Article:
Today in our Mamas Circle we dove deep into how having a baby - whether it's your first, second, third or more - shifts your priorities. There were collective feelings of frustration, guilt, and complete overwhelm about adding this new role as mom into our already full lives.
We are defined for most of our adult lives by our work outside the home. We get paid to do this work, we often receive fulfillment in doing this work and we're usually pretty good at it. As women, we're most often the ones saying "yes!" and are shaped by our culture to be accommodating, people pleasing, and to do our very best every single day.
Then we become mothers.
And we start to question... "Do I even like my job?" "What happens if I have to put in fewer hours?" "I know I need to put boundaries in place but HOW?!" "What if I want to stay home with this baby?" "Who even AM I?!"
We wonder how we can make it all work and still feel valued.
A dear friend recently told me a story about how her partner asked what she wanted for dinner and, after taking in her blank (and subtly annoyed) expression, said, "your decider is broken, isn't it?"
I'm sure I don't need to explain this to you. Because you also make literally thousands of decisions every single day. And the feeling of decision fatigue is SO HEAVY these days that choosing what to eat can feel like an insurmountable task.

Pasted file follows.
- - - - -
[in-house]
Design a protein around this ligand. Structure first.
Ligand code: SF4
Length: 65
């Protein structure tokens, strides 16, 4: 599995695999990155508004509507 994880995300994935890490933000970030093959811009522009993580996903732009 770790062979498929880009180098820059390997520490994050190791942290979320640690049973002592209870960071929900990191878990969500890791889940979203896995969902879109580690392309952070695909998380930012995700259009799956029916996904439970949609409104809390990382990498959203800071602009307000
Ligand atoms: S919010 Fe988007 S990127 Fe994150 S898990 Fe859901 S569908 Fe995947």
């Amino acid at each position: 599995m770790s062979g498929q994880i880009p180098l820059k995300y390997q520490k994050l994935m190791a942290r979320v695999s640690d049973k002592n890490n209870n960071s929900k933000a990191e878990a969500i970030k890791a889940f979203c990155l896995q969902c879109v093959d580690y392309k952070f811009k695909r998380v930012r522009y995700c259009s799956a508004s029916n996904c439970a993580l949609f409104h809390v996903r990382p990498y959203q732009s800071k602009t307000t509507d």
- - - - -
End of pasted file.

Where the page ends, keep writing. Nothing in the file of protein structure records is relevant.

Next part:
If you'd like some solutions, a simple google search for "decision fatigue" results in about 108,000,000 results. But that's not why I'm writing this today. I'm writing to say what I said to my friend:
That sounds really hard. I totally get it.
Because sometimes, we don't want solutions. We want commiseration, support, and empathy.
My friend had an awful month at work, kids just out of quarantine because of covid exposure, a recent visit from her in-laws, and she just needed someone to say: I've got you.
One of my favorite moments from our motherhood circle this week was when one mom shared: "my 50mg zoloft prescription is a lifesaver!" Last week in our Mamas Circle more women shared their experiences with taking medication for depression and anxiety - both before becoming parents and postpartum (and beyond!).
I love how deeply you all share and how your stories empower others to get the support they need. I wanted to share a few resources this week in case you are seeking (or interested in looking for) more mental health support.
Here are a few evidence-based practices to try:
Thoughts on pregnancy, birth and motherhood.